In January 2006, responding to pressure from the American press, the Department of Defense released three hundred and seventeen verbal trials from Guantanamo naval base, the prison camp used to house accused terrorists. From these documents comes Guantanamo by Frank Smith. Appropriating language from the interrogation minutes, Smith shapes these questions and answers into a literary world as faceless and recursive as the interrogations themselves, leading us away from the comfort of reason and the hope of resolution. In this bilingual edition, translated into English by Vanessa Place, Guantanamo unsettles the categories of law and poetry, innocence and guilt, translation and interpretation.
Praise for Guantanamo:
“A mutant offspring of Kafka, Lyotard, and William Carlos Williams, Frank Smith’s volume haunts the precincts of a world-class ethical blight. Poignant, disturbing, and skillfully translated by a leading voice in contemporary thought, Guantanamo remains the name of pernicious irresolution and offshore strike back. Our own rogue penal colony, Guantanamo becomes the site for provoking a cannonade of interrogatory language and testimonial breakdown. Facing the Military Tribunal’s relentless pursuit of unnerving detail, Detainee, in a sudden if unbearable ironic swerve, asks as a final plea to be deported to the United States—home ground of his dream world. As if all this torture had been merely an initiation, a hazing ritual souped up by the protocols of some border patrol bureaucracy. . .”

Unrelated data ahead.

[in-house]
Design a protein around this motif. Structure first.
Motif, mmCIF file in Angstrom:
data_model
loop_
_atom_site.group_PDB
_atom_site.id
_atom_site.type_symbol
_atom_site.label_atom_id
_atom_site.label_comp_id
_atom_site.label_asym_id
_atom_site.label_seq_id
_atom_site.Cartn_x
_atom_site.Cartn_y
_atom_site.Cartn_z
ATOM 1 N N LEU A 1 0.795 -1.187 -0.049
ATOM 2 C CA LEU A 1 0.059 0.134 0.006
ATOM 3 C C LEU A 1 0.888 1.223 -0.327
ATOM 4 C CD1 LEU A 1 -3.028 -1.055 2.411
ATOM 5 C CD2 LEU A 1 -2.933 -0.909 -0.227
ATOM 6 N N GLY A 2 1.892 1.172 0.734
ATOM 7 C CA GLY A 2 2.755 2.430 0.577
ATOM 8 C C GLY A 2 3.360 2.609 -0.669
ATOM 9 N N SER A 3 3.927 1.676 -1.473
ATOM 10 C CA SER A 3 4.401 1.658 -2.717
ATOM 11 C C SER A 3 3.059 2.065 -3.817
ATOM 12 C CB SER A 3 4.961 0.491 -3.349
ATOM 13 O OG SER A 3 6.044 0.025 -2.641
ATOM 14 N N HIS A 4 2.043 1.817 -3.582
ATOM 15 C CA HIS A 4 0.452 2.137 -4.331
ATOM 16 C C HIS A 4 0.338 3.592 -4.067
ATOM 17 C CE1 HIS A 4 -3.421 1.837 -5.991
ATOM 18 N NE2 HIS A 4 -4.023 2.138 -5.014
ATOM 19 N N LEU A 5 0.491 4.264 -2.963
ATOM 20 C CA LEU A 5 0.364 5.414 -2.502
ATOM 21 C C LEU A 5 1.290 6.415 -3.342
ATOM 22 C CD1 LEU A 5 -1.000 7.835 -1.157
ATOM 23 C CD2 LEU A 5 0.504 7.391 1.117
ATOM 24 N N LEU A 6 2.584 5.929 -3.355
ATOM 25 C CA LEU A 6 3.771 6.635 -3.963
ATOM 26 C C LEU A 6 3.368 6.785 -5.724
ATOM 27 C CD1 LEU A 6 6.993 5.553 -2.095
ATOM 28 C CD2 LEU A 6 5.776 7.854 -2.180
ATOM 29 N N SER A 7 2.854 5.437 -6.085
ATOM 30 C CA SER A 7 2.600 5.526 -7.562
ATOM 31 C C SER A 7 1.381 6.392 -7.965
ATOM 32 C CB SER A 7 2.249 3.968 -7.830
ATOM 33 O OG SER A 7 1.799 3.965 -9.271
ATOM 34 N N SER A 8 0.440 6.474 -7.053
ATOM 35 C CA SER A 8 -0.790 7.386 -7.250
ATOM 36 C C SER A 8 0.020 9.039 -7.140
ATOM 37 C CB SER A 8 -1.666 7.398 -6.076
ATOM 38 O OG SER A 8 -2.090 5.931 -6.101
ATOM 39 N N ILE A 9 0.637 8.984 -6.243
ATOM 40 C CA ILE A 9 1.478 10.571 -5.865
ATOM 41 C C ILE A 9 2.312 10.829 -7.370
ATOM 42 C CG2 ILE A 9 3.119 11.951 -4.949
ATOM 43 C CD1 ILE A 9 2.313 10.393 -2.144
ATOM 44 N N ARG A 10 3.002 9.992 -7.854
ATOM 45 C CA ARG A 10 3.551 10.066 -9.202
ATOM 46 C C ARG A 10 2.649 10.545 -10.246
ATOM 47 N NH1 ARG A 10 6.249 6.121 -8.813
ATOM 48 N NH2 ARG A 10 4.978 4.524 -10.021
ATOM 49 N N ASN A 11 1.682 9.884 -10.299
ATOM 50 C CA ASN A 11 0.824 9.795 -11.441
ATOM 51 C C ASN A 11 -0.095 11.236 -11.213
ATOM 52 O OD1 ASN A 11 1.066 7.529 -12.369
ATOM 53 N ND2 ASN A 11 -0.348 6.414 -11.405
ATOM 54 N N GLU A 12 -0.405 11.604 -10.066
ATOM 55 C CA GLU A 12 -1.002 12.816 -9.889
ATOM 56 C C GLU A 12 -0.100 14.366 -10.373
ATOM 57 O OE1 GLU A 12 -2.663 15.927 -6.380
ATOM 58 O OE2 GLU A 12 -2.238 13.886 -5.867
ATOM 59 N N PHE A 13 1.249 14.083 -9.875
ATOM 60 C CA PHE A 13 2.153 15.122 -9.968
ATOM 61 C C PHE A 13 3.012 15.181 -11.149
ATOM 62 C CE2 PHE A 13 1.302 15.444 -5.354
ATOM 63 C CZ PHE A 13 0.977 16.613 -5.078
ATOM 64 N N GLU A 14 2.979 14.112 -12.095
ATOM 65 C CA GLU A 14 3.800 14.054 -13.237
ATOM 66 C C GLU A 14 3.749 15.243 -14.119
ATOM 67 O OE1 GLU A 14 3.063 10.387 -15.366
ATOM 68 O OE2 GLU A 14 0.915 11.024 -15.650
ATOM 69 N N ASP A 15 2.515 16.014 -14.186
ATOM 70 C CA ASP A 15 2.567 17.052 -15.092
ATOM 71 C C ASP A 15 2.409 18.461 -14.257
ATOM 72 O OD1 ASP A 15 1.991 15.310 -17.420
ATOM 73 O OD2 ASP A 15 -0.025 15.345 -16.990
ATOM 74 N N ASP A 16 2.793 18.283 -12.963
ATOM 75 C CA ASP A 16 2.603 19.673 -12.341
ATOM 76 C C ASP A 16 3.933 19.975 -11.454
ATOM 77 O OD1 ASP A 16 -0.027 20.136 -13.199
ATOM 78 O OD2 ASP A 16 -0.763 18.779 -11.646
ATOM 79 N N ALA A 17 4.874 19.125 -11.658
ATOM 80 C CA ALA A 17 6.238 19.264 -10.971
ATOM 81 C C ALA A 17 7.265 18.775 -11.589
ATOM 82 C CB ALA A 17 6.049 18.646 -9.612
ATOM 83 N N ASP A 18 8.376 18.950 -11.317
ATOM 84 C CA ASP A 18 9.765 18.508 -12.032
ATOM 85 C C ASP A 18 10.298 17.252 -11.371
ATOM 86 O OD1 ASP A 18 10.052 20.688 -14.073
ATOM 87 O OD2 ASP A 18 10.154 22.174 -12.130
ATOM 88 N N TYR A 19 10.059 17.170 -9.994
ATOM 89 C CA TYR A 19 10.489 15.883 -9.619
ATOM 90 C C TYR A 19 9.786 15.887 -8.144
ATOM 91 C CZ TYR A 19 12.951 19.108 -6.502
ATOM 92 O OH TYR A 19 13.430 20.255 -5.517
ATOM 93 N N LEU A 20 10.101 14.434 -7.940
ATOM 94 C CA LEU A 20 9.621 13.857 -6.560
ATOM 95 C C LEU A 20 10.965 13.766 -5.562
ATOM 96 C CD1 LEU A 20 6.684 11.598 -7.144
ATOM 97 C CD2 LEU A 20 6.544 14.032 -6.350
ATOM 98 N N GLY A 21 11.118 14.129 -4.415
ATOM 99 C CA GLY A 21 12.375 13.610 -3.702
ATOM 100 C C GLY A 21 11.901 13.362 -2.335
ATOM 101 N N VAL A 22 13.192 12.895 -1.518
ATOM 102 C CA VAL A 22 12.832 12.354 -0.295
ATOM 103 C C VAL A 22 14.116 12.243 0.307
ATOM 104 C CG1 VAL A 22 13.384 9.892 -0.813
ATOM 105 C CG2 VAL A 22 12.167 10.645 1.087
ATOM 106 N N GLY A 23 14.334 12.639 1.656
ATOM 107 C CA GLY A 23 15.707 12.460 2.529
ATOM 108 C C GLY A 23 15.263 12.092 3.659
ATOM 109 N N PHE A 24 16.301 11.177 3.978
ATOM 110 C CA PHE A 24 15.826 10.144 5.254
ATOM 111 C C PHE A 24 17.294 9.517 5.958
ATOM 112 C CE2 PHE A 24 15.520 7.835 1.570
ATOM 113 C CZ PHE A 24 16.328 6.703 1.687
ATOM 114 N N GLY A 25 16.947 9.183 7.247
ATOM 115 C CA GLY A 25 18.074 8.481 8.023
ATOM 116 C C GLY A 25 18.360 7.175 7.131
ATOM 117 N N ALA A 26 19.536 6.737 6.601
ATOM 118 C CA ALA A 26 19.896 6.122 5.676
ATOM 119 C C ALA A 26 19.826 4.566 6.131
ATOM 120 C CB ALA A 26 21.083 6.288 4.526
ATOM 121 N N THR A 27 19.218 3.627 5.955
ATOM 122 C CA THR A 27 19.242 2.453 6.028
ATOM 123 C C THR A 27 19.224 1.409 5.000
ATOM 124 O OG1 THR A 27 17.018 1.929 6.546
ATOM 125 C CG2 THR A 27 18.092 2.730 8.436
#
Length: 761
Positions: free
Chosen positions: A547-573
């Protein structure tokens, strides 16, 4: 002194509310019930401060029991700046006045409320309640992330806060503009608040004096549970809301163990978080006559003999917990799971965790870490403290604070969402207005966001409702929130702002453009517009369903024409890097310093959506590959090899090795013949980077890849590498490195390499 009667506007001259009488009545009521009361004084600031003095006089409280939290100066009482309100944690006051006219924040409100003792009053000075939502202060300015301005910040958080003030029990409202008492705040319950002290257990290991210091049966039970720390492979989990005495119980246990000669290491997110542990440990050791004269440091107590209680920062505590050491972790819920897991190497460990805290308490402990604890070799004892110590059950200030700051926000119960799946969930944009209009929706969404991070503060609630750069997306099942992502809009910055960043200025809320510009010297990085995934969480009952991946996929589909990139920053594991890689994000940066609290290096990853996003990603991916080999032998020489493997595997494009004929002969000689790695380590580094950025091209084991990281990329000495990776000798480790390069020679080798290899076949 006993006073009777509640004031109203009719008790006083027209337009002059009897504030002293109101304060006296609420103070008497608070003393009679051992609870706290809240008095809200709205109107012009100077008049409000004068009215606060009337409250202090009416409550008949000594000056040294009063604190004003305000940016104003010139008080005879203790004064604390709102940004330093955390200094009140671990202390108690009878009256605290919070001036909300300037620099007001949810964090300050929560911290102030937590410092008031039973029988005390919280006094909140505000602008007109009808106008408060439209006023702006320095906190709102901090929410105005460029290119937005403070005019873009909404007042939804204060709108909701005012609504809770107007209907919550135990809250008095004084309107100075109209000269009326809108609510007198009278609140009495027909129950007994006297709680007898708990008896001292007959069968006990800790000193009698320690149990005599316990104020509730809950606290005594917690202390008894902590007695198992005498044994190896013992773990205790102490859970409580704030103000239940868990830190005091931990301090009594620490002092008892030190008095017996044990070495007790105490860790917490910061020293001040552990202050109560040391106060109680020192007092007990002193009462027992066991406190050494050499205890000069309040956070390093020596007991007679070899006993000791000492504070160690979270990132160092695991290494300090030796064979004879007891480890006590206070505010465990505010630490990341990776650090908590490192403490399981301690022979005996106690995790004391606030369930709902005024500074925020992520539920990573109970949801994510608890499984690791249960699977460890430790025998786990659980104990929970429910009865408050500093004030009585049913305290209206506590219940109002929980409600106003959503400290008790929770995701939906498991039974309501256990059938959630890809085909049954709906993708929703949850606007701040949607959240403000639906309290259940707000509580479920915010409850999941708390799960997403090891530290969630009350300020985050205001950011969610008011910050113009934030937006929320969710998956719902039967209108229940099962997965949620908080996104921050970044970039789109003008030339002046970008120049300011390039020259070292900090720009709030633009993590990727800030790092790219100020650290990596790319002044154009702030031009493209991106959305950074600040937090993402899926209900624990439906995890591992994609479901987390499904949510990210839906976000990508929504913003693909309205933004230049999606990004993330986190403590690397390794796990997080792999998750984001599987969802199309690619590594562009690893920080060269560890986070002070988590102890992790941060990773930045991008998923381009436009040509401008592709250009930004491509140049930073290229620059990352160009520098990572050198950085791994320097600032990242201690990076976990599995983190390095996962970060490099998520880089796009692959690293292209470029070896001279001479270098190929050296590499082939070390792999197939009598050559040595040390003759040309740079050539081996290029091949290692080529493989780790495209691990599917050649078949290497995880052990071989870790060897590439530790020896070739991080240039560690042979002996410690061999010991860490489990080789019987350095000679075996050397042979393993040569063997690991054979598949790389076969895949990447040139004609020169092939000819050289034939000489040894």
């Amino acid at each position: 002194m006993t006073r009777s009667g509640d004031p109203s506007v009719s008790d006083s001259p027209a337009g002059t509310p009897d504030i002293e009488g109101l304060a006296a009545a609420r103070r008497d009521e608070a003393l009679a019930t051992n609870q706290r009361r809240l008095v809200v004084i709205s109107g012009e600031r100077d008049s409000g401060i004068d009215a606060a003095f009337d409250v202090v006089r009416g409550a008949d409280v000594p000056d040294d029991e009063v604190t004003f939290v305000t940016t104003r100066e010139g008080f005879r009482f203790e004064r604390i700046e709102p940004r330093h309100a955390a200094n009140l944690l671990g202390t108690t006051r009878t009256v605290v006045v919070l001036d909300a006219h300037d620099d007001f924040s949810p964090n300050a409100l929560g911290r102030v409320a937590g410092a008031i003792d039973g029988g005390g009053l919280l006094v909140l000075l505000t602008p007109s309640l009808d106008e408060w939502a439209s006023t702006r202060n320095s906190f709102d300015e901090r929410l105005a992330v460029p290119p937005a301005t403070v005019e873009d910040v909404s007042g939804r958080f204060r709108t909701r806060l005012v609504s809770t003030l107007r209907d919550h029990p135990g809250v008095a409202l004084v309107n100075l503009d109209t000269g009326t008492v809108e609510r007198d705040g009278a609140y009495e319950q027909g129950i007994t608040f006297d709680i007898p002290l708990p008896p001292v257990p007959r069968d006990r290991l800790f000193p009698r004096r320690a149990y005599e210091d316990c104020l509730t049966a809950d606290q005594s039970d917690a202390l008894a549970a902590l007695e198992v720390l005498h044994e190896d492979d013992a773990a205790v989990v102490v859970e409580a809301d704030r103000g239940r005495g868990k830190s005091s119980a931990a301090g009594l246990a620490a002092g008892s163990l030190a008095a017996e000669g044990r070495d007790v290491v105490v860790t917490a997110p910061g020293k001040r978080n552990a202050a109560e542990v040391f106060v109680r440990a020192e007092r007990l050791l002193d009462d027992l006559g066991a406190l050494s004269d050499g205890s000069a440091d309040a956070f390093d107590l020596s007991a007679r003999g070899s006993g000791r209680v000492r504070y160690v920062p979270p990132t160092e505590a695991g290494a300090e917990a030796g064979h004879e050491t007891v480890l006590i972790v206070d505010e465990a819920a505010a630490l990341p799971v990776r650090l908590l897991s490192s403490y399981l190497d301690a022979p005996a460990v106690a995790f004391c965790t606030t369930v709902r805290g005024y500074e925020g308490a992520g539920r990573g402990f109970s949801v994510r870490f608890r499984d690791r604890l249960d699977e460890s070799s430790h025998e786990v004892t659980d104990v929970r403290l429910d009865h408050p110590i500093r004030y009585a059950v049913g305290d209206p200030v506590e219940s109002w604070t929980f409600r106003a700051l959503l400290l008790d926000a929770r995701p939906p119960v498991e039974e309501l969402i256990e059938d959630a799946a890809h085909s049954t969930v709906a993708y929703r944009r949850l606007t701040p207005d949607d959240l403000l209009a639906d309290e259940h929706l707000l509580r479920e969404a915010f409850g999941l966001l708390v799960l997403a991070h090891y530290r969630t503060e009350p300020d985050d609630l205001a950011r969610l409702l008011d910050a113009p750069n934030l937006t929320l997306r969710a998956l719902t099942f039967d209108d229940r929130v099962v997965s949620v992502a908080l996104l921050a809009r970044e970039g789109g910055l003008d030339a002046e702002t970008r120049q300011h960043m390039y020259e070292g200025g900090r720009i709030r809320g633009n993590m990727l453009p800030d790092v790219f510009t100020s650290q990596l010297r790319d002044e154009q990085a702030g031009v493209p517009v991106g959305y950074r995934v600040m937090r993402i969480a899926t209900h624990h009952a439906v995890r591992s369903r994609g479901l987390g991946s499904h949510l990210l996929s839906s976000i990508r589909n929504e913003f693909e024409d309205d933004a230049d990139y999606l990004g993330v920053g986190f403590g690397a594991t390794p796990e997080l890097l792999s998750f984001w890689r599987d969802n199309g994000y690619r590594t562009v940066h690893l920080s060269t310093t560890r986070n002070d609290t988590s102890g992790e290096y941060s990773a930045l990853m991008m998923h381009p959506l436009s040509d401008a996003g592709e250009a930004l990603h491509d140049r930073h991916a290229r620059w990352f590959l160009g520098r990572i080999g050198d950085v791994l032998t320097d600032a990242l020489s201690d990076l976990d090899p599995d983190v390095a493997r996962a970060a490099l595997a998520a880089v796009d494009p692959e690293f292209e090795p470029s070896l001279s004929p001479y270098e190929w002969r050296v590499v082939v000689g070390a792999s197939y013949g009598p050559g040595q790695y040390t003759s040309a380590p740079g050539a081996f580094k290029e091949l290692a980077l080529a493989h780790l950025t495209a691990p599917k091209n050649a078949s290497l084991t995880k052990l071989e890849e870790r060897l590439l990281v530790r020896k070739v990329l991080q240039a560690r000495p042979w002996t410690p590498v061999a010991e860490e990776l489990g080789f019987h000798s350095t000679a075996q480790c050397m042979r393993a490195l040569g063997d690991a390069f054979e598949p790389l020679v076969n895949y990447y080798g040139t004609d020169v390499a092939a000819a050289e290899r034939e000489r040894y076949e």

“[Vanessa] Place turns the stark French (provided en face) into inescapable English.”
“The antiseptic nature of the interview model, modded by Smith to read in bursts of verse, seem somehow at once menacing and whitewashed, like we are skirting around something so fucked it almost has no feeling on the page.”
—Blake Butler, Vice
“A composition with a strange status, which lays a finger on the heart of the links between humanity, justice and language.”